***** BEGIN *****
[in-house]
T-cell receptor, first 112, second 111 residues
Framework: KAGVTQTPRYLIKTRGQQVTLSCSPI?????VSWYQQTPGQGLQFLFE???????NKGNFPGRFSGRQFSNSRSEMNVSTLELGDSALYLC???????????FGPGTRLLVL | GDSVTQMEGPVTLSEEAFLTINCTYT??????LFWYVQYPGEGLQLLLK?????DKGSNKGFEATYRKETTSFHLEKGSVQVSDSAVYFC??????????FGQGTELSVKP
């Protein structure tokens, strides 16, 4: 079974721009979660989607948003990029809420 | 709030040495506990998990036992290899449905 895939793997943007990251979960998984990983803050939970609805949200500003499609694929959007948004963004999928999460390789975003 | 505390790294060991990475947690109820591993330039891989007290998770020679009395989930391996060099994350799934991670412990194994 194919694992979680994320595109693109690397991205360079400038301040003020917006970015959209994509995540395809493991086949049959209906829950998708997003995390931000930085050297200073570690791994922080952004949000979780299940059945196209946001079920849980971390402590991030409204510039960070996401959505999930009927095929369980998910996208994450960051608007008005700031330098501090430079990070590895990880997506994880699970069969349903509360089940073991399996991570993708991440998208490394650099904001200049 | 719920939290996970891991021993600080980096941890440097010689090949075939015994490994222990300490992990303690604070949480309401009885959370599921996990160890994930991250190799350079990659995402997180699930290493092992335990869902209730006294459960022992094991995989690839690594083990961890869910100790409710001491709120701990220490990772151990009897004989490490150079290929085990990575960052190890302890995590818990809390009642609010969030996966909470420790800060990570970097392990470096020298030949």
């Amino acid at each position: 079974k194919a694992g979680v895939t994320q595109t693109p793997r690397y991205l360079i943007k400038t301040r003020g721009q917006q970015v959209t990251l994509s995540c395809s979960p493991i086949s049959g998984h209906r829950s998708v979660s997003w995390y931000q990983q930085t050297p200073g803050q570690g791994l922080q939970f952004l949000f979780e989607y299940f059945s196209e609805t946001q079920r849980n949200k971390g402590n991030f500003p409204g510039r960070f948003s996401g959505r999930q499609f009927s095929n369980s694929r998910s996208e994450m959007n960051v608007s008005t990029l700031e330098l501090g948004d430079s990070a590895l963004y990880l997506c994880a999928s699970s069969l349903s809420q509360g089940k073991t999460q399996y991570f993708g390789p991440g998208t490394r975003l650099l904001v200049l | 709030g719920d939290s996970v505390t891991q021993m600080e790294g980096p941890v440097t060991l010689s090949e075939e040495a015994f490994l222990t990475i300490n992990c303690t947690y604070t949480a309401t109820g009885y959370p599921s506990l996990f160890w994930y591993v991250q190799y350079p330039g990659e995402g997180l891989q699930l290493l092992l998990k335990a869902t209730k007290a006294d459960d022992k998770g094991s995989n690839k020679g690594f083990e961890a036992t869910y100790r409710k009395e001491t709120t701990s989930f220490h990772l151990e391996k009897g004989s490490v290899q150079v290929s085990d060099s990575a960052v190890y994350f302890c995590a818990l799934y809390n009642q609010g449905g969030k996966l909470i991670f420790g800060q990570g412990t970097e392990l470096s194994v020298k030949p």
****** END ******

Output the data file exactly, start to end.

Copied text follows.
[in-house]
T-cell receptor, first 112, second 111 residues
Framework: KAGVTQTPRYLIKTRGQQVTLSCSPI?????VSWYQQTPGQGLQFLFE???????NKGNFPGRFSGRQFSNSRSEMNVSTLELGDSALYLC???????????FGPGTRLLVL | GDSVTQMEGPVTLSEEAFLTINCTYT??????LFWYVQYPGEGLQLLLK?????DKGSNKGFEATYRKETTSFHLEKGSVQVSDSAVYFC??????????FGQGTELSVKP
């Protein structure tokens, strides 16, 4: 079974721009979660989607948003990029809420 | 709030040495506990998990036992290899449905 895939793997943007990251979960998984990983803050939970609805949200500003499609694929959007948004963004999928999460390789975003 | 505390790294060991990475947690109820591993330039891989007290998770020679009395989930391996060099994350799934991670412990194994 194919694992979680994320595109693109690397991205360079400038301040003020917006970015959209994509995540395809493991086949049959209906829950998708997003995390931000930085050297200073570690791994922080952004949000979780299940059945196209946001079920849980971390402590991030409204510039960070996401959505999930009927095929369980998910996208994450960051608007008005700031330098501090430079990070590895990880997506994880699970069969349903509360089940073991399996991570993708991440998208490394650099904001200049 | 719920939290996970891991021993600080980096941890440097010689090949075939015994490994222990300490992990303690604070949480309401009885959370599921996990160890994930991250190799350079990659995402997180699930290493092992335990869902209730006294459960022992094991995989690839690594083990961890869910100790409710001491709120701990220490990772151990009897004989490490150079290929085990990575960052190890302890995590818990809390009642609010969030996966909470420790800060990570970097392990470096020298030949």
């Amino acid at each position: 079974k194919a694992g979680v895939t994320q595109t693109p793997r690397y991205l360079i943007k400038t301040r003020g721009q917006q970015v959209t990251l994509s995540c395809s979960p493991i086949s049959g998984h209906r829950s998708v979660s997003w995390y931000q990983q930085t050297p200073g803050q570690g791994l922080q939970f952004l949000f979780e989607y299940f059945s196209e609805t946001q079920r849980n949200k971390g402590n991030f500003p409204g510039r960070f948003s996401g959505r999930q499609f009927s095929n369980s694929r998910s996208e994450m959007n960051v608007s008005t990029l700031e330098l501090g948004d430079s990070a590895l963004y990880l997506c994880a999928s699970s069969l349903s809420q509360g089940k073991t999460q399996y991570f993708g390789p991440g998208t490394r975003l650099l904001v200049l | 709030g719920d939290s996970v505390t891991q021993m600080e790294g980096p941890v440097t060991l010689s090949e075939e040495a015994f490994l222990t990475i300490n992990c303690t947690y604070t949480a309401t109820g009885y959370p599921s506990l996990f160890w994930y591993v991250q190799y350079p330039g990659e995402g997180l891989q699930l290493l092992l998990k335990a869902t209730k007290a006294d459960d022992k998770g094991s995989n690839k020679g690594f083990e961890a036992t869910y100790r409710k009395e001491t709120t701990s989930f220490h990772l151990e391996k009897g004989s490490v290899q150079v290929s085990d060099s990575a960052v190890y994350f302890c995590a818990l799934y809390n009642q609010g449905g969030k996966l909470i991670f420790g800060q990570g412990t970097e392990l470096s194994v020298k030949p």